Report shows contamination at Easton Village Store is worse than city said


EASTON — One of the store’s neighbors in the village of Easton is concerned about an environmental report he says shows contamination from old fuel tanks is worse than the town has said.

The three oil tanks, along with the embankment surrounding them, were removed in February. This dirt was held up on a tarp in the parking lot of the Easton Village store, until a separate contractor, who was unaware it was contaminated, spread it on the rear property line between the store and property of resident Steve Montgomery.

Montgomery, who is also a member of the Conservation Commission, told elected officials at their recent meeting that he contacted the Connecticut Department of Energy and Environmental Protection after “about a month of really promising empties” to move the filling of the owner of the Easton Village Store, Marcel Hurbel, and no action by the town.

“Once DEEP got involved in the situation, within a week the filler was removed,” Montgomery said during the meeting.

Montgomery said he largely considered the issue over after that, but a March report from the environmental specialist hired by Hurbel came to light that contained disturbing information about contaminants in groundwater and soil.

The report, Montgomery said, contradicts claims by officials — including that the public water supply was never in jeopardy, that there was no further contamination, and that environmental officials did not were largely unaffected.

In the document, which was obtained by Hearst Connecticut Media, Advanced Environmental Redevelopment reports that oil was found on the surface of the water about eight to 10 feet deep. The report also indicates that the groundwater and soil remaining on site still contain contaminants.

The contamination comes from leaks from previous tanks that were removed about 25 years ago, according to Hurbel and city officials.

Reached by phone Monday, Hurbel said the process took so long because he had to ship the fill to New Jersey since the Connecticut site closed for the contaminated fill. He said he doesn’t know if the soil and groundwater are still contaminated and that he will leave it in the hands of city and DEEP officials, as well as environmental officials. He added that whatever needs to happen will be done.

The report also includes the specialist’s recommendations, including further testing of groundwater and soil, as well as wells at neighboring properties.

“Obviously this environmental engineer was concerned about the site conditions,” Montgomery said. “Furthermore, DEEP is actively preparing an action plan regarding additional steps to be taken to test and possibly remediate the site. To say that no DEEP or environmental official is involved is simply not true.

Paul Copleman, a spokesperson for DEEP, said in an email that the DEEP Emergency Response Unit was made aware of the improper land use on July 8 and ordered that the soil that had been originally removed with the oil tank be removed from the parking lot where it was reapplied. . The unit’s report is in progress.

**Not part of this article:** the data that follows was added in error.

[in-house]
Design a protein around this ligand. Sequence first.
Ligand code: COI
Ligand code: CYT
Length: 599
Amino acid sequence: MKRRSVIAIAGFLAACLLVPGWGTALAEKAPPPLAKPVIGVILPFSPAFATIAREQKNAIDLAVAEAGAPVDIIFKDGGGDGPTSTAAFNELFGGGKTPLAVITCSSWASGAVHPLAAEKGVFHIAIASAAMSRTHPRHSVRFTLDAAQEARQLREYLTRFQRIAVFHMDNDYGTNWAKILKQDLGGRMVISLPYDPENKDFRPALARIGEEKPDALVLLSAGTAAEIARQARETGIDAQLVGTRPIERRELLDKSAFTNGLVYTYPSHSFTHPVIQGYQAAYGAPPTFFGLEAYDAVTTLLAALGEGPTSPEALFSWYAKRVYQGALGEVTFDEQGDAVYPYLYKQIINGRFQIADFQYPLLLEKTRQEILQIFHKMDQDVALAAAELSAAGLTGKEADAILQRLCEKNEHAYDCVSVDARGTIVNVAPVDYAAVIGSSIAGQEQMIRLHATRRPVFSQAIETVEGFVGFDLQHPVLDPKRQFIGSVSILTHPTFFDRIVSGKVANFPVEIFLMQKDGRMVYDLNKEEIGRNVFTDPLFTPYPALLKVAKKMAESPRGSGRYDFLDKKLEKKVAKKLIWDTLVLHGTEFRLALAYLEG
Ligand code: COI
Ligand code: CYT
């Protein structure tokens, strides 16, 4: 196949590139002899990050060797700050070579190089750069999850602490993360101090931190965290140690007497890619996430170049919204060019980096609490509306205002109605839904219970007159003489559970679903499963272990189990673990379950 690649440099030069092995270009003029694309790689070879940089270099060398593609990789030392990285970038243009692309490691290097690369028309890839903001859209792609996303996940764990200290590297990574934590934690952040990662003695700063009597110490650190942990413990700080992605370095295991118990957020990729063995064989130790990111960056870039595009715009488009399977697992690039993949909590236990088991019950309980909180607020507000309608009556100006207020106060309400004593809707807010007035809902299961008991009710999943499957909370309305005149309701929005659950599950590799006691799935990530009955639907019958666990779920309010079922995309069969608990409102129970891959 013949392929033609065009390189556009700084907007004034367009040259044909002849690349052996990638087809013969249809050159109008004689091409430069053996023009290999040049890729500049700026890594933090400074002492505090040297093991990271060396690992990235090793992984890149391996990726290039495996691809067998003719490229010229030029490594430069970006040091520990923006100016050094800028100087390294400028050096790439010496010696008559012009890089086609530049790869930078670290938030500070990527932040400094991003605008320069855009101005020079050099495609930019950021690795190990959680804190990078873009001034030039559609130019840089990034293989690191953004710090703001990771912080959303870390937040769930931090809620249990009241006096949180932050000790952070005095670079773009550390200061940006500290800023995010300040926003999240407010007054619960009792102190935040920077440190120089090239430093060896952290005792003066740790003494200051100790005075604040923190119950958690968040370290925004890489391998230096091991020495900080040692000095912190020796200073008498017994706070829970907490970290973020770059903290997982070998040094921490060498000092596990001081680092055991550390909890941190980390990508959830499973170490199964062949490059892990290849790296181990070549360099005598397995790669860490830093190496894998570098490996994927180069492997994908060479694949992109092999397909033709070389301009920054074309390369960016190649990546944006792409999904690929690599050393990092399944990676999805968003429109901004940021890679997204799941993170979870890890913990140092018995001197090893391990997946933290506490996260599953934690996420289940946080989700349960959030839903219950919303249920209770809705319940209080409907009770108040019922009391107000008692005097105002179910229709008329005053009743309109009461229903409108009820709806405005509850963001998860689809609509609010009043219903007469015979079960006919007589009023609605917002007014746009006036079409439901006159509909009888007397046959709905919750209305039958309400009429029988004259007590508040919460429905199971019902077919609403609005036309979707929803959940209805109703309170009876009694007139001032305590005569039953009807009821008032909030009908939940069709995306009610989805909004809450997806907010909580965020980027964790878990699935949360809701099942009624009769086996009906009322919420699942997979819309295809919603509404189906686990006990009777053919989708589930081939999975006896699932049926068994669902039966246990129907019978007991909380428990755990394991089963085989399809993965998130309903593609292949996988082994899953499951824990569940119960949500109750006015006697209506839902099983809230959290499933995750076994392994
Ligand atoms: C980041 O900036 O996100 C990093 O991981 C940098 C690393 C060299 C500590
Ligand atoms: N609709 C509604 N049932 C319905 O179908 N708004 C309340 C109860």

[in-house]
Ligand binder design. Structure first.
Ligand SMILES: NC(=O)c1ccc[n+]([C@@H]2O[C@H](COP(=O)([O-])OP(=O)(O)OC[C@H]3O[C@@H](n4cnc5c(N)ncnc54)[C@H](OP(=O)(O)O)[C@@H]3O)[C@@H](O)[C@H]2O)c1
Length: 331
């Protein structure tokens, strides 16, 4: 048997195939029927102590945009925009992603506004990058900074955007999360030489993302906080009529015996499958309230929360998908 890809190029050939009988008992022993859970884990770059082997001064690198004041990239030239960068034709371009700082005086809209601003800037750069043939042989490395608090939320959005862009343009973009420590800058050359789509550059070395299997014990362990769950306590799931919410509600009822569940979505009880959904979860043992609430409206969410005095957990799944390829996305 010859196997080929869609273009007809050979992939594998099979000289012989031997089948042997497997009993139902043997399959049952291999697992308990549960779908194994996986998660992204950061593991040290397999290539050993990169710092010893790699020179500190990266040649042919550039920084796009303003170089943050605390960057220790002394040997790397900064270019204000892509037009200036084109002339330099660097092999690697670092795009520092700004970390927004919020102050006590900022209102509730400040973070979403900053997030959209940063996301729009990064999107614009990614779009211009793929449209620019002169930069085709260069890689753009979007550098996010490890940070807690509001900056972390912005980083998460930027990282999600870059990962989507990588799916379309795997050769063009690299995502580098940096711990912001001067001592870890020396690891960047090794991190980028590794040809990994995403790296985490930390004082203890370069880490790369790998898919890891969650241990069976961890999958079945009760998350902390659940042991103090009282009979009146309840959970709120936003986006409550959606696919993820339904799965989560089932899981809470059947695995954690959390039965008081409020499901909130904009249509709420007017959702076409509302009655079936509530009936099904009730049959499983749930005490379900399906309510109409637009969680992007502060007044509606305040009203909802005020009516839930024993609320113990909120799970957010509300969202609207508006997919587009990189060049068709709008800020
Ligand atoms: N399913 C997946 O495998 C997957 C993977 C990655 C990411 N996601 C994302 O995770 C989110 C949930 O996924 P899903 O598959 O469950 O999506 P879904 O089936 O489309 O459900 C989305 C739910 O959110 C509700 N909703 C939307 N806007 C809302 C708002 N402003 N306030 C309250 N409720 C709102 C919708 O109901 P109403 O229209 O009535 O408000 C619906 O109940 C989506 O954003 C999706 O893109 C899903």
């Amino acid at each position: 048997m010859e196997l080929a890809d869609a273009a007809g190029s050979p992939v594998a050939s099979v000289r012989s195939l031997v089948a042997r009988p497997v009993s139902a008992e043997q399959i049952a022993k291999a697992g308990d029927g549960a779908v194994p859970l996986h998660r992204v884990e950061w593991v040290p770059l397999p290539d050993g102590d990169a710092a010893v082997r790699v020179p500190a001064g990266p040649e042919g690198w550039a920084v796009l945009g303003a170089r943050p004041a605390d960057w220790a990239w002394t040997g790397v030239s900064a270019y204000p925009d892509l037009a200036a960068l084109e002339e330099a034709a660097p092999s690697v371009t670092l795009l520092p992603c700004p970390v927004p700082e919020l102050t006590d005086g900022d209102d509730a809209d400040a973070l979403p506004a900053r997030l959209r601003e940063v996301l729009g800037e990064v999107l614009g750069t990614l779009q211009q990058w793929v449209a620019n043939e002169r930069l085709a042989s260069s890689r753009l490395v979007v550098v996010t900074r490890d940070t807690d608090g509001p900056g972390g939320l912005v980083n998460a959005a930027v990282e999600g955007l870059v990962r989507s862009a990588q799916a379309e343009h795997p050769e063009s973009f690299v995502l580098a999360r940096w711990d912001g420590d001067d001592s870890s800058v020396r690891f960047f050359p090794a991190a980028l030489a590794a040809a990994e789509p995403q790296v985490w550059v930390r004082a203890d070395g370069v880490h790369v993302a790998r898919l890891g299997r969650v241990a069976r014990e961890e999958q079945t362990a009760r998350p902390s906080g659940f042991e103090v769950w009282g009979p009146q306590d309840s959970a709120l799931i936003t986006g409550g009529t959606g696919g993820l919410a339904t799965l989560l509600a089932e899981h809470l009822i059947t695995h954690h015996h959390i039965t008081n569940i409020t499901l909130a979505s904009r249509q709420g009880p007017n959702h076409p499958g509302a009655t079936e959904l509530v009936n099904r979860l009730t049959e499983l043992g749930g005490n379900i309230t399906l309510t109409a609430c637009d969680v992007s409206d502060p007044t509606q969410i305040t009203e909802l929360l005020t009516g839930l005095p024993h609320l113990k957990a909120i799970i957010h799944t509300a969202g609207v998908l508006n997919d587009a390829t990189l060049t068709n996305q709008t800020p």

The department is also working with the owner and its consultant on other site work, including surveys and surveys of contaminated soil and remaining groundwater where the tank had been stored, Copleman said.

Copleman said non-residential underground storage tanks, including those for oil, petroleum and chemical liquids, are regulated by DEEP to protect human health and the environment. He said discharges from these tanks must be reported to the agency and remediation must be carried out by landowners and licensed contractors led by environmental professionals under the supervision of DEEP.

“Owners and operators are responsible for the compliance, maintenance, testing and eventual removal of their tanks,” he said.

It should also be noted that Copleman said there are no legal restrictions preventing municipalities such as Easton from being involved in tank removal.

“We always aim to work cooperatively and transparently with cities, and different cities may have different regulations and enforcement mechanisms governing tank removal,” Copleman said. “While there are state and federal cleanup criteria applied to some reservoirs, there are no restrictions on local government involvement.”

In early August, first selectors David Bindelglass said the main reason this issue has taken so long to be on the city’s radar is that municipalities don’t have jurisdiction over the removal of commercial tanks, only DEEP l ‘has. He said the city plans to take the necessary steps to make sure something like this doesn’t happen again.

Meanwhile, residents are concerned the soil, which has since been removed, may have contaminated wetlands, nearby residents’ wells and even the Easton Reservoir. Bindelglass and Hurbel said DEEP told them those concerns were mostly unwarranted.

At the selectors’ meeting, Montgomery said he wanted assurances that his family is not at risk from contaminants and that any remaining pollution will be remedied. He later noted that his well had been tested and no contaminants were found.

Bindelglass said at the meeting that the city could have helped resolve the issue more quickly.

“We could have applied more pressure,” he said.

Bindelglass said officials were discussing allowing commercial tanks at Easton, but said it was unclear whether this was legally allowed. He also said he meant in previous comments that the public water supply from Easton Reservoir was not in danger – and was not talking about neighboring properties.

“There are a number of things we need to do better,” he said.

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